Unlike the aromatic polyesters commonly encountered in the prior art, the wholly aromatic polyester of the present invention is not intractable and forms a thermotropic melt phase whereby an atypical degree of order is manifest in the molten polymer. The subject polyester readily forms liquid crystals in the melt phase and accordingly exhibits a high tendency for the polymer chains to orient in the shear direction. Such thermotropic properties are manifest at a temperature which is amenable for melt processing to form shaped articles. Such anisotropy in the melt may be confirmed by conventional polarized light techniques whereby cross-polaroids are utilized. More specifically, the thermotropic melt phase may conveniently be confirmed by the use of a Leitz polarizing microscope at a magnification of 40X with the sample on a Leitz hot stage and under a nitrogen atmosphere. The polymer melt is optically anisotropic, i.e., it transmits light when examined between crossed polaroids. The amount of light transmitted increases when the sample is sheared (i.e., is made to flow), however, the sample is optically anisotropic even in the static state.

The wholly aromatic polyester of the present invention may be formed by a variety of ester-forming techniques whereby organic monomer compounds possessing functional groups which upon condensation form the requisite recurring moieties are reacted. For instance, the functional groups of the organic monomer compounds may be carboxylic acid groups, hydroxyl groups, ester groups, acyloxy groups, acid halides, etc. The organic monomer compounds may be reacted in the absence of a heat exchange fluid via a melt acidolysis procedure. They, accordingly, may be heated initially to form a melt solution of the reactants with the reaction continuing as solid polymer particles are suspended therein. A vacuum may be applied to facilitate removal of volatiles formed during the final stage of the condensation (e.g., acetic acid or water).

As set forth in commonly assigned U.S. Ser. No. 686,189, filed May 13, 1976 (now U.S. Pat. No. 4,067,852), of Gordon W. Calundann, entitled "Improved Melt Processable Thermotropic Wholly Aromatic Polyester and Process for Its Production" is described another slurry polymerization process which may be employed to form the wholly aromatic polyester of the present invention wherein the solid product is suspended in a heat exchange medium. The disclosure of this copending application is herein incorporated by reference.

When employing either the melt acidolysis procedure or the slurry prodecure of Ser. No. 686,189 the organic monomer reactants from which the 6-oxy-2-naphthoyl moiety (i.e., moiety I) and the p-oxybenzoyl moiety (i.e., moiety II) are derived may be initially provided in a modified form whereby the usual hydroxyl groups of these monomers are esterified (i.e., they are provided as acyl esters). For instance, lower acyl esters of 6-hydroxy-2-naphthoic acid and p-hydroxy benzoic acid wherein the hydroxy groups are esterified may be provided as reactants. The lower acyl groups preferably have from about 2 to about 4 carbon atoms. Preferably the acetate esters of the organic compounds which form moieties I and II are provided. Accordingly, particularly preferred reactants for the condensation reaction are 6-acetoxy-2-naphthoic acid and p-acetoxybenzoic acid. If minor quantities of other aryl reactants (as previously discussed) optionally provide oxy-units within the resulting polymer, these too preferably are provided as the corresponding lower acyl esters.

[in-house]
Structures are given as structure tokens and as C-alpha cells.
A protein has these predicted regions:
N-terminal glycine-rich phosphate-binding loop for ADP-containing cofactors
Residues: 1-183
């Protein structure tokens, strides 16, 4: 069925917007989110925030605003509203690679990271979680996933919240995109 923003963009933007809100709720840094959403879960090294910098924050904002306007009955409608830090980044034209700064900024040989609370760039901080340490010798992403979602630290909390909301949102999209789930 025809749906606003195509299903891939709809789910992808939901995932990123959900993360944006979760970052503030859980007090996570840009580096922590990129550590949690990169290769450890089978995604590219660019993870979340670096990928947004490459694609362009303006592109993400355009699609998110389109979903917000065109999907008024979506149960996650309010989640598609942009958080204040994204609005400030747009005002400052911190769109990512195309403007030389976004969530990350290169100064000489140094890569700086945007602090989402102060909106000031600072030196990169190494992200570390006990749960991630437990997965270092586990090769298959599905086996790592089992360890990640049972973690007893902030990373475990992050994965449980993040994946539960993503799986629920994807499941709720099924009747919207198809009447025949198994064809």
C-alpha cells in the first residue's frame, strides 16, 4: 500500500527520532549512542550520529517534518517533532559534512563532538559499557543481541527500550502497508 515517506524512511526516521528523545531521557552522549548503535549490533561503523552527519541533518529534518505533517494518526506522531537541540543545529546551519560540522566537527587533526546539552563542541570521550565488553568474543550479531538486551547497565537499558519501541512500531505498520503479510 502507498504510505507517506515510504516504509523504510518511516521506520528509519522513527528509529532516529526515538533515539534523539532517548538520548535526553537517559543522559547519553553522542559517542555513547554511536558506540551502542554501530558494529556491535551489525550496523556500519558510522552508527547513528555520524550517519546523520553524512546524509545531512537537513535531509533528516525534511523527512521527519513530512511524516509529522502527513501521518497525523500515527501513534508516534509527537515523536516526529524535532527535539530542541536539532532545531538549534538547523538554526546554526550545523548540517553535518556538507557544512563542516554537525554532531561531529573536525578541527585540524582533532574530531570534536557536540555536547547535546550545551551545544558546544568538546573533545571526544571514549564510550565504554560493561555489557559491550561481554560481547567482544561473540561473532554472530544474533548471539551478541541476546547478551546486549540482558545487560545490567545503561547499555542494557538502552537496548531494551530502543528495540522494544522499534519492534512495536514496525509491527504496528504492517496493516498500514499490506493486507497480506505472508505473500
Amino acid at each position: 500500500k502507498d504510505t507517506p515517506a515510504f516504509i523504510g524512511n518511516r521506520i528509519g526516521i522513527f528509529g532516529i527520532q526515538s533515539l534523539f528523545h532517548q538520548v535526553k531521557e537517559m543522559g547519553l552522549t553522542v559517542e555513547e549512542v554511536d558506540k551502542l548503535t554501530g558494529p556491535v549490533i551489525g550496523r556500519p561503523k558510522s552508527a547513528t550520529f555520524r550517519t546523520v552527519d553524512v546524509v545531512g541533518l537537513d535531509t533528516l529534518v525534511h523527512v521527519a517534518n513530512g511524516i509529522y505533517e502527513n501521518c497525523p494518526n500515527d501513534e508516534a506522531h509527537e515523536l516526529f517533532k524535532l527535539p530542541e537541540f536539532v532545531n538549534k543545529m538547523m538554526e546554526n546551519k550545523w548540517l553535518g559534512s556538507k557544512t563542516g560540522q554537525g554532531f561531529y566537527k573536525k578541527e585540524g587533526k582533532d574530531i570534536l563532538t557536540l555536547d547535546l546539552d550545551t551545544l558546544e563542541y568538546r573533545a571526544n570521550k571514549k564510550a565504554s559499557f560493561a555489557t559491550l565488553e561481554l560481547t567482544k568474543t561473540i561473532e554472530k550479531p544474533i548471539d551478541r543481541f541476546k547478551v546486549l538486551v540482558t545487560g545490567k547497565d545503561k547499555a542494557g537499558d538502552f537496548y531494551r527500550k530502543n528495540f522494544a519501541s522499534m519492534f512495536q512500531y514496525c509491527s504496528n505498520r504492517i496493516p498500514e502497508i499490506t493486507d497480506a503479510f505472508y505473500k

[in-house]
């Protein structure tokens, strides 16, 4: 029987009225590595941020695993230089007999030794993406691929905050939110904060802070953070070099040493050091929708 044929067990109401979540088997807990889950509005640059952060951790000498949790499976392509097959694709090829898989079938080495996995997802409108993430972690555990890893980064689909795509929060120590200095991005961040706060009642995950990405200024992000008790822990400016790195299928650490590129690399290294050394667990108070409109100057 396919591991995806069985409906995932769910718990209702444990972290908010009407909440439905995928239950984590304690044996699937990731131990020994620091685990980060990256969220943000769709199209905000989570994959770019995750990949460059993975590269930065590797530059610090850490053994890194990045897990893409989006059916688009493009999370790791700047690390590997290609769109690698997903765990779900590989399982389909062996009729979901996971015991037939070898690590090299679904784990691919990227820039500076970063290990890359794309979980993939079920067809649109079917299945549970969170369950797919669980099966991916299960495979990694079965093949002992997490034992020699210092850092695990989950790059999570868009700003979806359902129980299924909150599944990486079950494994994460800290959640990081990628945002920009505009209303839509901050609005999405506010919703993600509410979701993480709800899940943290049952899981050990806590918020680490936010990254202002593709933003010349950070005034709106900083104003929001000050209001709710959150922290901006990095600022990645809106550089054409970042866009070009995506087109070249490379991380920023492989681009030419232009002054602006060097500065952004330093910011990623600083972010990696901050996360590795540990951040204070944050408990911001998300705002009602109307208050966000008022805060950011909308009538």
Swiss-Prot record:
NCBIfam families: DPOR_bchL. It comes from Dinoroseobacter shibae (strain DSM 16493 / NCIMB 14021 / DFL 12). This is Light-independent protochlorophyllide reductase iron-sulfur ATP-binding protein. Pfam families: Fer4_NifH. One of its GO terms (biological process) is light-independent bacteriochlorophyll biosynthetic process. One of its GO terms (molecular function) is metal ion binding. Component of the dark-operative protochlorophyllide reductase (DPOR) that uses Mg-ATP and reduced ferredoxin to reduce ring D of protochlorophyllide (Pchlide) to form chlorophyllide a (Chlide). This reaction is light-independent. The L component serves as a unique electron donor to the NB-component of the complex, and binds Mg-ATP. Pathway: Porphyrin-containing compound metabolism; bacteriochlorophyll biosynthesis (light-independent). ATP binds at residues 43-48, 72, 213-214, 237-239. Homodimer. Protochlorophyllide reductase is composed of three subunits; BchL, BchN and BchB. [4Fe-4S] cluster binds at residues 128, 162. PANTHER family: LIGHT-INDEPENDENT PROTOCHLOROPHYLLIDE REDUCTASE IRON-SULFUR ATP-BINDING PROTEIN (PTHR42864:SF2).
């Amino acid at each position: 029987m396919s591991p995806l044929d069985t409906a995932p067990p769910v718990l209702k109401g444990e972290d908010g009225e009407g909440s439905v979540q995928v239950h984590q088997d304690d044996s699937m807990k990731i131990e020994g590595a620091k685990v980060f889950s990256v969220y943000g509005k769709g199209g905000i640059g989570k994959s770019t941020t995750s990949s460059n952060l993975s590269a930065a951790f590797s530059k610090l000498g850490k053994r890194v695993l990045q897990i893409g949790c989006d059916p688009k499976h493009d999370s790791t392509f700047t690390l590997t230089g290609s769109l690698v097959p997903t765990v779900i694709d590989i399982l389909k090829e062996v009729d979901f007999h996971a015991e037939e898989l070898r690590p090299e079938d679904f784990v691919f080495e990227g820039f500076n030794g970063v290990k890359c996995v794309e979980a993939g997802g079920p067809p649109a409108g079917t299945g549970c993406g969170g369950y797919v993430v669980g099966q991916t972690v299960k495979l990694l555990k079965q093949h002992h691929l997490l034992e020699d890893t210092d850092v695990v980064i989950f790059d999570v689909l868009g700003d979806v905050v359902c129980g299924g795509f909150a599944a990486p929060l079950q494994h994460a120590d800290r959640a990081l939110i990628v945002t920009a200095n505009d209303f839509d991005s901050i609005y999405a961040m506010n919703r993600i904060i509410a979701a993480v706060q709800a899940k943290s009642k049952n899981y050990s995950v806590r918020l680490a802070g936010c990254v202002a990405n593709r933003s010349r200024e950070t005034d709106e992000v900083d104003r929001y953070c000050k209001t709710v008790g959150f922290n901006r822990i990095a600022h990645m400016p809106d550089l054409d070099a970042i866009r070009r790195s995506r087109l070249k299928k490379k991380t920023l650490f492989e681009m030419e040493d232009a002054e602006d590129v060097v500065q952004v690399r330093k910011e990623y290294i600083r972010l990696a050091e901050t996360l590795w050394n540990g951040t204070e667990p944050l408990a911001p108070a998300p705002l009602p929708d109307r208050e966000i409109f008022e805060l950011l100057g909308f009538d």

Representative catalysts which optionally may be employed in either the melt hydrolysis procedure or in the procedure of Ser. No. 686,189 include dialkyl tin oxide (e.g., dibutyl tin oxide), diaryl tin oxide, titanium dioxide, alkoxy titanium silicates, titanium alkoxides, alkali and alkaline earth metal salts of carboxylic acids, the gaseous acid catalysts such as Lewis acids (e.g., BF3), hydrogen halides (e.g., HCl), etc. The quantity of catalyst utilized typically is about 0.001 to 1 percent by weight based upon the total monomer weight, and most commonly about 0.01 to 0.2 percent by weight.

The molecular weight of a previously formed wholly aromatic polyester may be further increased via a solid state polymerization procedure wherein the particulate polymer is heated in an inert atmosphere (e.g. in a nitrogen atmosphere at a temperature of about 260° C. for 10 to 12 hours).

The wholly aromatic polyester of the present invention readily can be melt processed to form a variety of shaped articles, e.g., molded three-dimensional articles, fibers, films, tapes, etc. The polyester of the present invention is suited for molding applications and may be molded via standard injection molding techniques commonly utilized when forming molded articles. Unlike the wholly aromatic polyesters commonly encountered in the prior art it is not essential that more severe injection molding conditions (e.g., higher temperatures), compression molding, impact molding, or plasma spraying techniques be utilized. Fibers or films may be melt extruded.

A molding compound may be formed from the wholly aromatic polyester of the present invention which incorporates approximately 1 to 60 percent by weight of a solid filler (e.g. talc) and/or reinforcing agent (e.g. glass fibers).

The wholly aromatic polyester also may be employed as a coating material which is applied as a powder or from a liquid dispersion.